Chain rule

Main Article
Discussion
Related Articles  [?]
Bibliography  [?]
Citable Version  [?]

This editable Main Article is under development and subject to a disclaimer.

In calculus, the chain rule describes the derivative of a "function of a function": the composition of two function, where the output z is a given function of an intermediate variable y which is in turn a given function of the input variable x.

Suppose that y is given as a function ${\displaystyle \,y=g(x)}$ and that z is given as a function ${\displaystyle \,z=f(y)}$. The rate at which z varies in terms of y is given by the derivative ${\displaystyle \,f'(y)}$, and the rate at which y varies in terms of x is given by the derivative ${\displaystyle \,g'(x)}$. So the rate at which z varies in terms of x is the product ${\displaystyle \,f'(y)\cdot g'(x)}$, and substituting ${\displaystyle \,y=g(x)}$ we have the chain rule

${\displaystyle (f\circ g)'=(f'\circ g)\cdot g'.\,}$

In order to convert this to the traditional (Leibniz) notation, we notice

${\displaystyle z(y(x))\quad \Longleftrightarrow \quad z\circ y(x)}$

and

${\displaystyle (z\circ y)'=(z'\circ y)\cdot y'\quad \Longleftrightarrow \quad {\frac {\mathrm {d} z(y(x))}{\mathrm {d} x}}={\frac {\mathrm {d} z(y)}{\mathrm {d} y}}\,{\frac {\mathrm {d} y(x)}{\mathrm {d} x}}.\,}$.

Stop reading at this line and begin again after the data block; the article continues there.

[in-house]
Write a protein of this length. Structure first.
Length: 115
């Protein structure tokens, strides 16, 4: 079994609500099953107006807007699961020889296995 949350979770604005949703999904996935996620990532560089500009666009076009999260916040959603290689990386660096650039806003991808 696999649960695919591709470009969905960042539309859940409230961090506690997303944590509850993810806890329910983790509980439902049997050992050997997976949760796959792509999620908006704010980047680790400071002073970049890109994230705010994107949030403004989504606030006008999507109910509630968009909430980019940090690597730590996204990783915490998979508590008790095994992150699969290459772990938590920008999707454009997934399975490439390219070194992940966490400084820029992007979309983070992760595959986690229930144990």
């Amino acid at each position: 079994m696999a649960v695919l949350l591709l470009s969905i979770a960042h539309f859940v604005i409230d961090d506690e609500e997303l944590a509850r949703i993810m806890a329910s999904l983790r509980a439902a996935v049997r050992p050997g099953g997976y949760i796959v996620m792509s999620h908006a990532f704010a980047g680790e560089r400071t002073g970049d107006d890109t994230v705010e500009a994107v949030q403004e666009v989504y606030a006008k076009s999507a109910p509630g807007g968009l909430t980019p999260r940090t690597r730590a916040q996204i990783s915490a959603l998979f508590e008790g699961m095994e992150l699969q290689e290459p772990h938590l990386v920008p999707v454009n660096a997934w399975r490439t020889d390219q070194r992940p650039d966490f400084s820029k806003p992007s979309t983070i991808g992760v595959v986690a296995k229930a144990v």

In mnemonic form the latter expression is

${\displaystyle {\frac {\mathrm {d} z}{\mathrm {d} x}}={\frac {\mathrm {d} z}{\mathrm {d} y}}\,{\frac {\mathrm {d} y}{\mathrm {d} x}},\,}$

which is easy to remember, because it as if dy in the numerator and the denominator of the right hand side cancels.

Multivariable calculus

The extension of the chain rule to multivariable functions may be achieved by considering the derivative as a linear approximation to a differentiable function.

Now let ${\displaystyle F:\mathbf {R} ^{n}\rightarrow \mathbf {R} ^{m}}$ and ${\displaystyle G:\mathbf {R} ^{m}\rightarrow \mathbf {R} ^{p}}$ be functions with F having derivative ${\displaystyle \mathrm {D} F}$ at ${\displaystyle a\in \mathbf {R} ^{n}}$ and G having derivative ${\displaystyle \mathrm {D} G}$ at ${\displaystyle F(a)\in \mathbf {R} ^{m}}$. Thus ${\displaystyle \mathrm {D} F}$ is a linear map from ${\displaystyle \mathbf {R} ^{n}\rightarrow \mathbf {R} ^{m}}$ and ${\displaystyle \mathrm {D} G}$ is a linear map from ${\displaystyle \mathbf {R} ^{m}\rightarrow \mathbf {R} ^{p}}$. Then ${\displaystyle F\circ G}$ is differentiable at ${\displaystyle a\in \mathbf {R} ^{n}}$ with derivative

${\displaystyle \mathrm {D} (F\circ G)=\mathrm {D} F\circ \mathrm {D} G.\,}$